Social media has done a lot of good for the world—it has become a platform to reconnect with friends and family, gives a voice to those who would otherwise not have one, and also helps people spread information to one another. One of the biggest flaws, however, is that social media can also be used to spread misinformation. Many posts often go viral without any background information, mostly in the form of memes and videos, and people are quick to jump on liking and sharing posts without having full knowledge or context of what they are sharing.
One of the biggest pieces of misinformation that has been spread is the link between autism and vaccines. While the link between vaccinating children and autism has been thoroughly debunked (one study had 95,000 participants), many still believe that there is a link. Celebrities such as actor Jim Carrey and model Jenny McCarthy are at the forefront of the anti-vaccination movement, and their influence allows misinformation regarding autism and vaccines to continue.
It has even gotten to the point where several children were infected with measles at Disneylandbecause of parents’ refusal to vaccinate their children. The Center for Disease Control and Prevention (CDC) reported that measles was eliminated from the United States in 2000, yet 644 people were infected in 2014, showing that misinformation on social media might play a part in parents refusing to vaccinate their kids.
Doctors have been split on whether or not to be active on social media—some say that it’s a waste of time, citing that there is no return on investment and significant burnout, while others believe social media can be the tool to help patients to become healthier and also stop misinformation from spreading online. “Studies suggest that patients forget more than 50 percent of what they are told in the doctor’s office. Add to that misremembering or misinterpretation, and the information holes grow even larger,” said Dr. Howard Luks, Chief of Sports Medicine and Arthroscopy at University Orthopedics, PC and Westchester Medical Center on KevinMD, a popular medical blog.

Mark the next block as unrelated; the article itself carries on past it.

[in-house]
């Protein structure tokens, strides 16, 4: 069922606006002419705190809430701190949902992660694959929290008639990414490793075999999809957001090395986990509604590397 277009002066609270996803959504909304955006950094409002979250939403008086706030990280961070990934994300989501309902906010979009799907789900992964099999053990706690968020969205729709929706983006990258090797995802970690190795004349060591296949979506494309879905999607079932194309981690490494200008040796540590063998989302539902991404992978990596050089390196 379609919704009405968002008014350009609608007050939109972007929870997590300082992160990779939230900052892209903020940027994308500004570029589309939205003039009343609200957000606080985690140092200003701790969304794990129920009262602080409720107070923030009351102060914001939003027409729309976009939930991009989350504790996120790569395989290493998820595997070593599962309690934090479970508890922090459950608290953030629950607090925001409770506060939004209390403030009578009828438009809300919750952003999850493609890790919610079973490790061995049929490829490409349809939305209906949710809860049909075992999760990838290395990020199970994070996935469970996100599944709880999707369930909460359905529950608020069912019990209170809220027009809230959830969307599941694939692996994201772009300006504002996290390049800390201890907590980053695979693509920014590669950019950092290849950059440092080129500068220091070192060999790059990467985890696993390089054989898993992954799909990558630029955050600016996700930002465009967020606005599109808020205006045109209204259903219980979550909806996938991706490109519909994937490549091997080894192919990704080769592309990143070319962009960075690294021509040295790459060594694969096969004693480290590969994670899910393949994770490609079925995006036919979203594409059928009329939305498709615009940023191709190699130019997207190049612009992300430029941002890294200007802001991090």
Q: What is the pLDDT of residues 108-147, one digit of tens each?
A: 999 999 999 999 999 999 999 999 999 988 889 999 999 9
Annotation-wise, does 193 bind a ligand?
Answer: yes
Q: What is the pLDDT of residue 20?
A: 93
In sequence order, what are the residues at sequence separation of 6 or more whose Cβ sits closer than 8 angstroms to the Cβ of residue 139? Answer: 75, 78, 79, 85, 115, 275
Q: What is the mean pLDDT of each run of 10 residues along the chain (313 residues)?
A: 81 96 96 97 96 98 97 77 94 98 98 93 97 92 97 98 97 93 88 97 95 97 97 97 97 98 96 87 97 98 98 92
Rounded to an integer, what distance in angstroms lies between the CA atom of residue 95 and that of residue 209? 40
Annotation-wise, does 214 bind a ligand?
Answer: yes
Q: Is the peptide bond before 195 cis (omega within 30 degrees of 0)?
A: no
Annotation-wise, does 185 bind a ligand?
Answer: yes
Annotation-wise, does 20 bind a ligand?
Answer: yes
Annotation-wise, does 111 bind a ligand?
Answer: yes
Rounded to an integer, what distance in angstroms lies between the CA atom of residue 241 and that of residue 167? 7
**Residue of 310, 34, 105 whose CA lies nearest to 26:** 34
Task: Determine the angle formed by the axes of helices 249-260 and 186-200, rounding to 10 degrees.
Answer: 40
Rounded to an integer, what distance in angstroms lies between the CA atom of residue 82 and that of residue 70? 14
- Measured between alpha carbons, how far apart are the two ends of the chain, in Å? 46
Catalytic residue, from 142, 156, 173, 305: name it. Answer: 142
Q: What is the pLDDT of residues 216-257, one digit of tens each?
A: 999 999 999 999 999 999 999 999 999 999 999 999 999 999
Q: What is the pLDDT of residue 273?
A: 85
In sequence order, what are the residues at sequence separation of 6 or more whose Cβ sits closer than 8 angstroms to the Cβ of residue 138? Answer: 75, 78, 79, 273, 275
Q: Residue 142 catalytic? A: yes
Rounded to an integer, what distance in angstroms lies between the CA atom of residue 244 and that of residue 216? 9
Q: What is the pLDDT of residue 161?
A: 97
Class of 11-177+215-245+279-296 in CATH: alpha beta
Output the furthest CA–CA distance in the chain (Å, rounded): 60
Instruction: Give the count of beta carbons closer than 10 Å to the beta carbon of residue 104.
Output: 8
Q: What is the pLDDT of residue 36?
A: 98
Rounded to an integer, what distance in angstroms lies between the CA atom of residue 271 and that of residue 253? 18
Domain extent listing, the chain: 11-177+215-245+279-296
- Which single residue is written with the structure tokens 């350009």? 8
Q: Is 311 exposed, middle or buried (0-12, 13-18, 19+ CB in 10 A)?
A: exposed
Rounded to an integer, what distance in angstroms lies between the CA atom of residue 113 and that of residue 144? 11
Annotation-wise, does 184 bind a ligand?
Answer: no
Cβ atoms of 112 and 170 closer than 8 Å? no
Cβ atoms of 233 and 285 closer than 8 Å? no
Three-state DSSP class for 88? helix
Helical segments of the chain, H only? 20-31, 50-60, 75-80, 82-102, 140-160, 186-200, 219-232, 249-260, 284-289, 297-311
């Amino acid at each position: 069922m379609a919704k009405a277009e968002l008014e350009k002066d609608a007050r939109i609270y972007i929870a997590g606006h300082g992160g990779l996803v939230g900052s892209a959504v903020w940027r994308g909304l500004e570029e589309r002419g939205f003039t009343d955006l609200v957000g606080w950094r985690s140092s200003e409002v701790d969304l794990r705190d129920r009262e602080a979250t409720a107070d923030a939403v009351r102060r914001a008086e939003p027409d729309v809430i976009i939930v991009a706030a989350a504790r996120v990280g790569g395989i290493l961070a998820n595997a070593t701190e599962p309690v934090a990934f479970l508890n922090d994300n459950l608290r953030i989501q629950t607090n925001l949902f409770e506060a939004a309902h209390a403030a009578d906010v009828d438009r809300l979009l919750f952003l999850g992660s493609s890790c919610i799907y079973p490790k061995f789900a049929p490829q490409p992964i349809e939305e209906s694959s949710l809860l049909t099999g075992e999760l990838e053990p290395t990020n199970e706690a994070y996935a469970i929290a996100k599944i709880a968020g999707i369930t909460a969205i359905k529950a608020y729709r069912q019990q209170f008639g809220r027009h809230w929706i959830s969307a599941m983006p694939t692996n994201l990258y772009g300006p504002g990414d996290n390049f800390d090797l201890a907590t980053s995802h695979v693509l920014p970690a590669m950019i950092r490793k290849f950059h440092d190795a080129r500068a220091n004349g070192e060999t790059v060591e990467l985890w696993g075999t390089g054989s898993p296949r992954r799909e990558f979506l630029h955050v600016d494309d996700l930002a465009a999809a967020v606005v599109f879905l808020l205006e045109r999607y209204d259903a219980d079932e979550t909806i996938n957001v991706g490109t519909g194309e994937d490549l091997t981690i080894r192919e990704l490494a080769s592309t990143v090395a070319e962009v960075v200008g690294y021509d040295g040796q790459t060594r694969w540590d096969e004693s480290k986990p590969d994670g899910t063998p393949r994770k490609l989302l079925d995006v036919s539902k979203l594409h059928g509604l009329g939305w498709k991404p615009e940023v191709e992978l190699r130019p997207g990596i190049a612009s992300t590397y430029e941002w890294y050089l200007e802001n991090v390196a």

Dr. Kathryn A. Hughes, a Massachusetts-based surgeon, used to be skeptical of doctors being active on social media, citing privacy concerns and professionalism. “Be mindful of privacy and HIPAA (Health Insurance Portability and Accountability Act, which governs patient privacy), and aware that content once posted can never really be deleted or retracted. Be careful that private and professional content do not mix, although the reality is that there really isn’t any such thing as truly private content,” she said.
Dr. Hughes also said that doctors being active on social media can also create a community of professionals where doctors can share information with one another and work together. “I also see social media as part of the solution to reestablish this sense of community and collegiality among doctors. Technology and the platforms being developed and tailored to physicians may re-create that space, where communication and collaboration can grow,” she added.
Lawmakers are also assisting doctors in their fight against medical misinformation. California’s SB 277, which effectively removes the parents’ ability to claim “personal belief” exemptions to vaccination requirements at schools, was passed as a reaction to the measles outbreak at Disneyland. While part of the measles outbreak could be blamed on misinformation being spread on social media, doctors could have taken charge and refuted anti-vaccination groups more actively online.
“Times are changing. Change happens all the time, all around, inside and out. It is random, with no direction, both good and bad, like genetic mutations. This is our opportunity to engage and participate, to direct the change, and to make it progress,” said Dr. Hughes.
Sourced through Scoop.it from: thetoggle.com